The miR-155 is an onco-miR, overexpressed in early pancreatic adenocarcinoma precursors and invasive PDAC [11]. The miR-155 expression in PDACs and pancreatic cancer cell lines, measured by microarray, ranged from 1.8 to 2.9-fold in different studies [24, 28, 29, 36, 37]. On the other hand, Habbe et al. found a mean 11.6-fold increase in intraductal papillary mucinous neoplasms, which was measured by RT-qPCR relative to U6 [11]. Zhang et al. also used U6 like a normalizer in their study. They reported about up to 52-fold increase in individual cases [27]. In our pancreatic carcinomas a mean 5.05-fold increase was present, when normalizing to U6 (p < 0.01, Table 4). However, Ma et al. measured only a 2.11-fold increase with the same endogenous control [34]. Wang et al. determined a 3.74-fold increase in serum miR-155 levels in cancer, when normalizing with miR-16 [30]. Our PDAC samples showed, on the other hand, a mean 6.39-fold increase with miR-16 as internal control (p < 0.01, Table 4). However, the expression levels were several times higher, measured relative to the alien spike or U91 - 15.1 and 13.36-fold respectively (p < 0.01, Table 4).

The miR-196a is an onco-miR reported to be frequently dysregulated in PDAC [27, 30]. Zhang et al. measured, when normalizing to U6, 0.35-1557-fold variations in tumor miR-196 expression [27]. In our tumors we determined a mean −2.2-fold decrease, when normalizing to U6 (p < 0.01, Table 7). Wang et al. demonstrated 16.05-fold increase in plasma samples with miR-16 as the endogenous control [30]. On the other hand, for miR-16, as well as for the alien spike or U91 we did not find significant differences in miR196a expression between cancer and normal tissues (p > 0.05, Table 4).

The miR-217 inhibits in vitro tumor cell growth and it functions as a potential tumor-suppressor by influencing the Akt/KRAS signaling pathway, therefore, miR-217 is frequently down-regulated in PDAC. MicroRNA miR-217 was down-regulated 10-fold in the study by Szafranszka et al., normalized relative to miR-24 [25]. However, Greither et al. determined only a mean −2-fold decrease with 18S as internal control [22]. Ma et al. demonstrated −3.91-fold decrease, using U6 for normalization [34]. On the other hand, Hong et al. found, that expression of miR-217 was down-regulated up to −62.5-fold in PDACs. They also used U6 like internal control [31]. In our samples, miR-217 expression was significantly down-regulated across all internal controls, with a maximum −24.39-fold decrease with U6 and a minimum −7.19-fold decrease with U6 + U91 combination (p < 0.01, Table 4).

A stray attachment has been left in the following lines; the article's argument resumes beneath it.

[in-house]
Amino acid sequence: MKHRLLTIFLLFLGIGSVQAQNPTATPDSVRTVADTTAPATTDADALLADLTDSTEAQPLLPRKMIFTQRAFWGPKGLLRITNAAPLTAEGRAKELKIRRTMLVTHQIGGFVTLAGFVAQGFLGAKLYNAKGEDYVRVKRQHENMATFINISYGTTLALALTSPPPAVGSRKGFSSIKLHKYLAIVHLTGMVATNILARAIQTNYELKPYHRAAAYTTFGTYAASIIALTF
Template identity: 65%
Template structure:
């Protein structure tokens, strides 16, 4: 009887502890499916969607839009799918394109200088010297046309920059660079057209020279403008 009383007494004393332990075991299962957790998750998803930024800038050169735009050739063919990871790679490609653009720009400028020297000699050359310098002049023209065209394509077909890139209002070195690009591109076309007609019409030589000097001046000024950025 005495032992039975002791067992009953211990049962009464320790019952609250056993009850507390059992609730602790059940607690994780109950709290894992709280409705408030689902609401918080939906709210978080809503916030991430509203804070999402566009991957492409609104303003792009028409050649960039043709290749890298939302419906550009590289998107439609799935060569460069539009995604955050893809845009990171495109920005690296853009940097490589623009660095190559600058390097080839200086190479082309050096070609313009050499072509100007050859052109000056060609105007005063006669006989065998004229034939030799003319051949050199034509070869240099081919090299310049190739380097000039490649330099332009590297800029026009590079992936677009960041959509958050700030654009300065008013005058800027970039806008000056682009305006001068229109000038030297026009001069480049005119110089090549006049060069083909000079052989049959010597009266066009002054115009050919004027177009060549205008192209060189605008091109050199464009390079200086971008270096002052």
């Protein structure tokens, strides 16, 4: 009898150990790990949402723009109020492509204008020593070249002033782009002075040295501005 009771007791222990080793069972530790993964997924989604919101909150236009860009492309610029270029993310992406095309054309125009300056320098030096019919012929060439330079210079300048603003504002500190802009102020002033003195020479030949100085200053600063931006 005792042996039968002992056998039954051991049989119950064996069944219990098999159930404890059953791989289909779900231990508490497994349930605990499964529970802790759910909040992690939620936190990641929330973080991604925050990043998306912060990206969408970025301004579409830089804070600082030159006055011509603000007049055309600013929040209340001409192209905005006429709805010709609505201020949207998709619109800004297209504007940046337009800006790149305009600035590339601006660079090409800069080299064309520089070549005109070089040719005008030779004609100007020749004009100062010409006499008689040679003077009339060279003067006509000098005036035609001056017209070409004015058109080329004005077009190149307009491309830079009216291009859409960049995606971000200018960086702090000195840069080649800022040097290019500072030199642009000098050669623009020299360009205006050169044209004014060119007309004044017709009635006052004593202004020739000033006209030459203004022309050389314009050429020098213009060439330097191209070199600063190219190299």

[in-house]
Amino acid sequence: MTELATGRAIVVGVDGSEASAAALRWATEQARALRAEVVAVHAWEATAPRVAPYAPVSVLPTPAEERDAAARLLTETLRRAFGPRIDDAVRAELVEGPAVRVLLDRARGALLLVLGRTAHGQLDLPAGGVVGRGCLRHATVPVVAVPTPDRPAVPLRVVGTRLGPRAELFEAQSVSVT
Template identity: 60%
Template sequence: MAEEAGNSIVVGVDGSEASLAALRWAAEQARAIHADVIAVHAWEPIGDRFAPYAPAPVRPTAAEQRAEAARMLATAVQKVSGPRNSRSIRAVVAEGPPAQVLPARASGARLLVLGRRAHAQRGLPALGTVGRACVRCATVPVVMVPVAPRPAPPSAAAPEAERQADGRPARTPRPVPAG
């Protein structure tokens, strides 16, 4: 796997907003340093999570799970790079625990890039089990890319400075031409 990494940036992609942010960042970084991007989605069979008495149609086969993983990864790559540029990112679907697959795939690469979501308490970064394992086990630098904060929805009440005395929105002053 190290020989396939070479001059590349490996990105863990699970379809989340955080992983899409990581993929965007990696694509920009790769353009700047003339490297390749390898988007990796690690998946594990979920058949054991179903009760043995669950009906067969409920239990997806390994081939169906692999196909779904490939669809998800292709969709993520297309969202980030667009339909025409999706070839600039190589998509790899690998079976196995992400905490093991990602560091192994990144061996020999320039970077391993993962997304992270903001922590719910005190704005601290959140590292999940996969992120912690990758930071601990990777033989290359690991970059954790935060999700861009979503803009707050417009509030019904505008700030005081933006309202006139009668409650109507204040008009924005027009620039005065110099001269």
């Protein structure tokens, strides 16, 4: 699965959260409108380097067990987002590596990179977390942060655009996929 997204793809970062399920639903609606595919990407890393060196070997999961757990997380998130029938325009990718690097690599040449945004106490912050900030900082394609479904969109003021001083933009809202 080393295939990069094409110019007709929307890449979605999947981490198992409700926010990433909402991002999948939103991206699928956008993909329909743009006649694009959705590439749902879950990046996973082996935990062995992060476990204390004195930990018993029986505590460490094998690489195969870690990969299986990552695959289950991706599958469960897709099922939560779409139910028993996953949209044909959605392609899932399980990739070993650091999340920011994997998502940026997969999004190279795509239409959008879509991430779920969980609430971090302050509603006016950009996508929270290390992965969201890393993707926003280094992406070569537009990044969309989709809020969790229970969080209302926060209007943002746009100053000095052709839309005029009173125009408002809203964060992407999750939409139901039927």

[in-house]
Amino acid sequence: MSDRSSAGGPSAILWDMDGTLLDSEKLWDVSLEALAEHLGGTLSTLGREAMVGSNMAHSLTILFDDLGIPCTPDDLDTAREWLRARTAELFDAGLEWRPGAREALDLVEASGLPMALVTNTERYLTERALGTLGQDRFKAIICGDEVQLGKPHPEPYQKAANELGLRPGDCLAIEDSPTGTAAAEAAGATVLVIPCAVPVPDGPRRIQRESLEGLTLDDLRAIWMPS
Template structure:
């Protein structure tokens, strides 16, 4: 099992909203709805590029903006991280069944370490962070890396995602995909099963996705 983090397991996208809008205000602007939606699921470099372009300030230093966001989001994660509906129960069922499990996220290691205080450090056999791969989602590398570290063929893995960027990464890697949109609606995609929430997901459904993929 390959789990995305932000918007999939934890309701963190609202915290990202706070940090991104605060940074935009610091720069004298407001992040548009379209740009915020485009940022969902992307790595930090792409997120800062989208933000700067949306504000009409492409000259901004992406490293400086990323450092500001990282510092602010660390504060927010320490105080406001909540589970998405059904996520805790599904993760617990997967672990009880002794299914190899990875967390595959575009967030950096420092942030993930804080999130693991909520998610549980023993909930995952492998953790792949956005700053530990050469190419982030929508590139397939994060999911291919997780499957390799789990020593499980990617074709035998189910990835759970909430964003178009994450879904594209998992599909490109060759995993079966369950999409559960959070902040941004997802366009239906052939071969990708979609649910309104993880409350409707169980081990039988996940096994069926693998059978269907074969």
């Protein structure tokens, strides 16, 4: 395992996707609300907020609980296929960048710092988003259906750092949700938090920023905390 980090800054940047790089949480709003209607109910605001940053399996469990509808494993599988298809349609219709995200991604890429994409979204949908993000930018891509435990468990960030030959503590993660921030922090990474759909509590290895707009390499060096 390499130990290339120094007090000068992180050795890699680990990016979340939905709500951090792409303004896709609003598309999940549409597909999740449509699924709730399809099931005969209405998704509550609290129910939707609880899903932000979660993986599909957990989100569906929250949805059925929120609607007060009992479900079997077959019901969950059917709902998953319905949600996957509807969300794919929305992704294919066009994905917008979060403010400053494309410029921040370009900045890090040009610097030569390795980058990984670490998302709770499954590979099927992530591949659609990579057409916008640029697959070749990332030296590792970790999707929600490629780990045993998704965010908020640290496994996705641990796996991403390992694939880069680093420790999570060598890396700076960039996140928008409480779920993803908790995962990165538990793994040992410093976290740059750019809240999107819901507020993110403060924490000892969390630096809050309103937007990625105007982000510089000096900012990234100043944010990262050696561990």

Thus, for miRNAs with high positive or negative expression levels, such as miR-21, mir-155 or miR-217, fold change values may differ up to several times, depending on selected internal controls. Moreover, different internal controls can produce controversial results for miRNAs quantification, as it was demonstrated for miR-96, miR-148a or miR-196a.

Comparing internal controls: U91 is a new endogenous control for microRNAs quantification in pancreatic cancer

RT-qPCR quantification of tumor miRNA expression may play an essential role in PDAC diagnostics, chemotherapy resistance and survival prediction. RT-qPCR-based experiments require endogenous controls for the result normalization, reliability and reproducibility. U6 small nuclear RNA [811, 14, 15, 27, 30, 37, 38], 18S [7] and 5S ribosomal RNAs [8, 15, 39, 40], small nucleolar RNAs RNU48, RNU43, RNU44 – commercial available Applied Biosystems assays [41], or miR-16 [30, 42, 43] were often used as the endogenous controls for miRNAs expression evaluation. However, there are data indicating, that expression levels of these reference genes may differ significantly in neoplastic and normal tissues [1719]. This expression instability may introduce bias, when determining miRNA dysregulation in tumors. For example, U6 small nuclear RNA was the most common internal control [811, 14, 15, 27, 30, 38] for the quantification of miRNAs expression in PDAC. However, there are data, implying that U6 expression may be unstable in breast and cervical cancers [17, 19, 42]. Also, the amount of U6 may vary significantly in serum samples from patients with breast and colorectal cancers [18, 42]. According to our findings, U6 expression may show as high as an 8-fold difference in PDAC and normal pancreatic tissue (Table 8). On the other hand, U6 was determined as the second most stable gene by the NormFinder algorithm (Table 5). U6 also demonstrated greater expression stability in breast carcinoma tissue samples when compared with the snoRNAs RNU44, RNU48 and RNU43. Furthermore, changes in levels of these snoRNAs correlated with tumor morphology and patient prognosis [41]. However, U6 alongside 5S and miR-16 showed remarkable expression variability in tissue samples from patients with breast carcinoma [42].